By success I don’t necessarily mean to be the best in terms of results within their particular sport. Success in the broader sense is about developing valuable life skills which can be transferred to other aspects of life. Achievement is about reaching one’s potential and maximising capabilities in sport, but also other areas of life.
As coaches our first job is to develop people and build relationships; this comes before any of the technical and tactical work. In my own development this has certainly been a journey of acceptance. I absolutely subscribe to the school of thought, ‘person before performer’ but it has taken me some time to get there. As a young coach when I first started out there was a lot of emphasis on technical and tactical development and there was the notion that you ‘feel’ you are doing more and having more of an impact when you are actively changing technique and constantly giving instruction.
In my early days I, along with a lot of other coaches I know, got drawn into the trap of becoming ‘bogged down’ in technical aspects. Whilst I am not for one minute dismissing the importance of being technically proficient, and the value of coaches following a technical development plan, I just now see the bigger picture. I see much more clearly the value of interpersonal relations and connection; the need for engaging players, understanding them, and creating an environment which allows them to grow personally within our broader sporting structure.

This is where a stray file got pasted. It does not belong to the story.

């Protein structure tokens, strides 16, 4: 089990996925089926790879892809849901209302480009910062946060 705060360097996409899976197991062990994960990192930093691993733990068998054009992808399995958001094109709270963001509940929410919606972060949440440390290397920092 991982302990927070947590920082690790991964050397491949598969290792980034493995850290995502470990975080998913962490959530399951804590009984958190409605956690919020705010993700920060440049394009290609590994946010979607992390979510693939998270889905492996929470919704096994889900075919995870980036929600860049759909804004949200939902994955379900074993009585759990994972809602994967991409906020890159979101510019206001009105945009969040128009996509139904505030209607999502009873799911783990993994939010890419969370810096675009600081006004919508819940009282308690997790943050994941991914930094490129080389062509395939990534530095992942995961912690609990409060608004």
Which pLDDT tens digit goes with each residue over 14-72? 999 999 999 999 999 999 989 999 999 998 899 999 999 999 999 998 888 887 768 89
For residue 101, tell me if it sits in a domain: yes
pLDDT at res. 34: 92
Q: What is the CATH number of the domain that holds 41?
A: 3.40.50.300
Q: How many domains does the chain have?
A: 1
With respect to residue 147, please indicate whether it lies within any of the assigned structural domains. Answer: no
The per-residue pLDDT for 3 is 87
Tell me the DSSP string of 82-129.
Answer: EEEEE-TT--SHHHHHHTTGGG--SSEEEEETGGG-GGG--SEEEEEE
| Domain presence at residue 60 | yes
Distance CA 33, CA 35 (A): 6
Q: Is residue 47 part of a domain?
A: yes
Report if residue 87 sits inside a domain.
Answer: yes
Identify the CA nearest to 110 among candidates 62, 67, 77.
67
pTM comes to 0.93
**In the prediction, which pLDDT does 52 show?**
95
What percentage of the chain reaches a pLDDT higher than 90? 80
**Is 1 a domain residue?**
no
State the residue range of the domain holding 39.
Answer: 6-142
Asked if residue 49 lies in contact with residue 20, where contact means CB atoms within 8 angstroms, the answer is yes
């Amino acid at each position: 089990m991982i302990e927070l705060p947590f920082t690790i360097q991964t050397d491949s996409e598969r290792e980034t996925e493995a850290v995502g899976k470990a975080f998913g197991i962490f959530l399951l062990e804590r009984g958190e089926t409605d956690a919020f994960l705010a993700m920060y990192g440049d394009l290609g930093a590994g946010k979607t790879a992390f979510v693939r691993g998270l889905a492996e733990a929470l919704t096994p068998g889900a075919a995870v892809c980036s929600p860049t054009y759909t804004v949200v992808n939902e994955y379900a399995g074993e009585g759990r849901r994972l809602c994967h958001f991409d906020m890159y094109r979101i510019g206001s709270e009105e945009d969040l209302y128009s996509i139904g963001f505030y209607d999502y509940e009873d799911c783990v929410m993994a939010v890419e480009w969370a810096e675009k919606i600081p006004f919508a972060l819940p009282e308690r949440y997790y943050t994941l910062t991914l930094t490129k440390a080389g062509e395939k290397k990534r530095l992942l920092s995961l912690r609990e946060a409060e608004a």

I see the investment from coaches in relationships as a vital ingredient to overall development. I recognise the broader role that a coach has to fulfil, but also accept that much of this ‘interpersonal element’ is not really catered for in coach development programmes (or at least not when I was doing my coaching qualifications!). For me, it has been a process of trial and error, experimenting with my own communication style to see how it fits with my players and their personalities, and modifying my approach as I go. Whilst I am certainly still learning and developing every day, and refining my approach, I have identified some key aspects which underpin my work and frame my understanding of developing young athletes.